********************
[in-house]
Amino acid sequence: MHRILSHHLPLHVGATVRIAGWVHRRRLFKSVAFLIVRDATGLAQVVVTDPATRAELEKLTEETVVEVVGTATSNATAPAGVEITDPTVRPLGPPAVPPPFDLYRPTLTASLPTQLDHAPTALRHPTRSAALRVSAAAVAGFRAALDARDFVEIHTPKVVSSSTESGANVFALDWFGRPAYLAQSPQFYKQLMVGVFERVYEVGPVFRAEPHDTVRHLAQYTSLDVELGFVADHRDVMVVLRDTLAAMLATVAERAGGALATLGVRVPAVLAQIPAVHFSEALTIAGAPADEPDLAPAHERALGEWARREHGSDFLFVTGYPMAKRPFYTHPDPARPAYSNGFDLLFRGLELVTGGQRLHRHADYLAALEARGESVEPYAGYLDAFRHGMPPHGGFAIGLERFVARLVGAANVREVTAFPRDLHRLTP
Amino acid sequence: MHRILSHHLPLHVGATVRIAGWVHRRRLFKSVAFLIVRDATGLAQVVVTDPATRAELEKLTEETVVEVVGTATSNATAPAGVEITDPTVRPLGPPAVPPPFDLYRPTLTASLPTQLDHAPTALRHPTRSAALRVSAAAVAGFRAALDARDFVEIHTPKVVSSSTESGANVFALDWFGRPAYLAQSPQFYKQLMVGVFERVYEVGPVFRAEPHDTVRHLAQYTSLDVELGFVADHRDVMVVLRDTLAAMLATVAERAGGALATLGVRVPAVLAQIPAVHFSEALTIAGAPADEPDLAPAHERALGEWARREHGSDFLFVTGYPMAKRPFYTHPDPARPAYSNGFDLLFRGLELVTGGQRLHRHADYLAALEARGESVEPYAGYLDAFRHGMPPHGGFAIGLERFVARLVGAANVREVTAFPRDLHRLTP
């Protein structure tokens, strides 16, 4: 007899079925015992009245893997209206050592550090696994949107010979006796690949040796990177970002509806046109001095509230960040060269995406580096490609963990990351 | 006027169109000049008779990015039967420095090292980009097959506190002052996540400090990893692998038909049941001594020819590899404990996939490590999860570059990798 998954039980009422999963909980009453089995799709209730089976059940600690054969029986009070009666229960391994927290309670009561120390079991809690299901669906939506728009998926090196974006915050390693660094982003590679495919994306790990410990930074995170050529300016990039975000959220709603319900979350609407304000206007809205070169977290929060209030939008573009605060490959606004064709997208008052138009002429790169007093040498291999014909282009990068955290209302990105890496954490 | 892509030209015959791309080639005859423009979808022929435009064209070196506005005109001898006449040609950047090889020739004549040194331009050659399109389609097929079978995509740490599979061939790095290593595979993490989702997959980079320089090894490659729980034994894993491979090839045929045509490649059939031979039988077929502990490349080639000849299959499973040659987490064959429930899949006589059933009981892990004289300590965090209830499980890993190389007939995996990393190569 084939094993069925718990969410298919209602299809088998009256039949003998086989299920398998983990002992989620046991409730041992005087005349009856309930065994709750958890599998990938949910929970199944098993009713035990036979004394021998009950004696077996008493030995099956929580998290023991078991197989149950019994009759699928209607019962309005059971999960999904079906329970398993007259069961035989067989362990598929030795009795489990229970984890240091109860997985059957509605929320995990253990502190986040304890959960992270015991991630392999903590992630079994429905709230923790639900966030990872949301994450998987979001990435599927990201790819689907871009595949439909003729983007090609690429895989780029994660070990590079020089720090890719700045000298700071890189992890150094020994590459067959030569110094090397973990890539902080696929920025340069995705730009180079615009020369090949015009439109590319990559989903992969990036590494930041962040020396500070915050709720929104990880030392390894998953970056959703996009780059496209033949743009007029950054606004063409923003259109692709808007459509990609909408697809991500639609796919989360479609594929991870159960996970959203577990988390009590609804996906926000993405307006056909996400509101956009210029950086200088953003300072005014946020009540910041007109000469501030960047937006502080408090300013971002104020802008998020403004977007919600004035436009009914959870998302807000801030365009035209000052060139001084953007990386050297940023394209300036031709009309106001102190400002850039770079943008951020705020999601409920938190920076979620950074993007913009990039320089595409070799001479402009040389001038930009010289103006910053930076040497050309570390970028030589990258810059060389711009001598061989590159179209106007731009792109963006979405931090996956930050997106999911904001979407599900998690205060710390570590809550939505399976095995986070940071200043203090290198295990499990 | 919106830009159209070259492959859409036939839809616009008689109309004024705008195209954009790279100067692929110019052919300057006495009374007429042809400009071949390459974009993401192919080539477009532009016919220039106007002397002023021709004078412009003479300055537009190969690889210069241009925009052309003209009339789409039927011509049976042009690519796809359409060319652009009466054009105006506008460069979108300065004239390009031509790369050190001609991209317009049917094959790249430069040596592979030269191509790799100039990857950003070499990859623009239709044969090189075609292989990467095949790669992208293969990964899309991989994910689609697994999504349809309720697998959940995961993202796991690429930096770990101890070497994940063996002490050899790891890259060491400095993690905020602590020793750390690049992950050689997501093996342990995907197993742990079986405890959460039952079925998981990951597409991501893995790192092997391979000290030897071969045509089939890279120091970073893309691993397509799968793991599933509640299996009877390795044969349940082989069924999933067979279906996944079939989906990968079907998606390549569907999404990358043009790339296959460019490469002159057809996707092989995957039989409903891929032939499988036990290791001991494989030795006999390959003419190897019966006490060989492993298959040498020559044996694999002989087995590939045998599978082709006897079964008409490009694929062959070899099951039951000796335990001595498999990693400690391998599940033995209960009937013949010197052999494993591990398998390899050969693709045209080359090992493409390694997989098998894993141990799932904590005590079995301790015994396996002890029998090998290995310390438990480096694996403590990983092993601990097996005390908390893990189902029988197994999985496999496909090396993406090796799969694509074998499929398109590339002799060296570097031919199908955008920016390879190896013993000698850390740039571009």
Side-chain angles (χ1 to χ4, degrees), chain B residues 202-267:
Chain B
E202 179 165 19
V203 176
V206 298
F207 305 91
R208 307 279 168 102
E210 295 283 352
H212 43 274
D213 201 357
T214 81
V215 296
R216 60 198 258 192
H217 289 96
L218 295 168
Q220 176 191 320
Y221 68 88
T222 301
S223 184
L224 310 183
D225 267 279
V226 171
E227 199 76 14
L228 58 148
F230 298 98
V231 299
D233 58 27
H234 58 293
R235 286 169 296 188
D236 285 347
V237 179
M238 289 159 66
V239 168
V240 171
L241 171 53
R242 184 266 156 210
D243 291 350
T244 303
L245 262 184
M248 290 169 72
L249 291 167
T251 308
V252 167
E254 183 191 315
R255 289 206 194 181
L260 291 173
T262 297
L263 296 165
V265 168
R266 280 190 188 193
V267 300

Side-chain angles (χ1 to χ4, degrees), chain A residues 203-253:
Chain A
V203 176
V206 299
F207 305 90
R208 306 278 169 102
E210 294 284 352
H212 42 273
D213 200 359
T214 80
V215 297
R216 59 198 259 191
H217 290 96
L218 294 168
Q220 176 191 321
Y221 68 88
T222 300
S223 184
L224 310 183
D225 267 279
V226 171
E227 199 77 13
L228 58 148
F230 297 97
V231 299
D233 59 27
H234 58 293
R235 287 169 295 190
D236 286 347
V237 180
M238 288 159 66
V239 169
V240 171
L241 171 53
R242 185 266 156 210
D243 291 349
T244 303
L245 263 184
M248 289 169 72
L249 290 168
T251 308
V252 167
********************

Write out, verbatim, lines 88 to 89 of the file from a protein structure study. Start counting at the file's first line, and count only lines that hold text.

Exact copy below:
V240 171
L241 171 53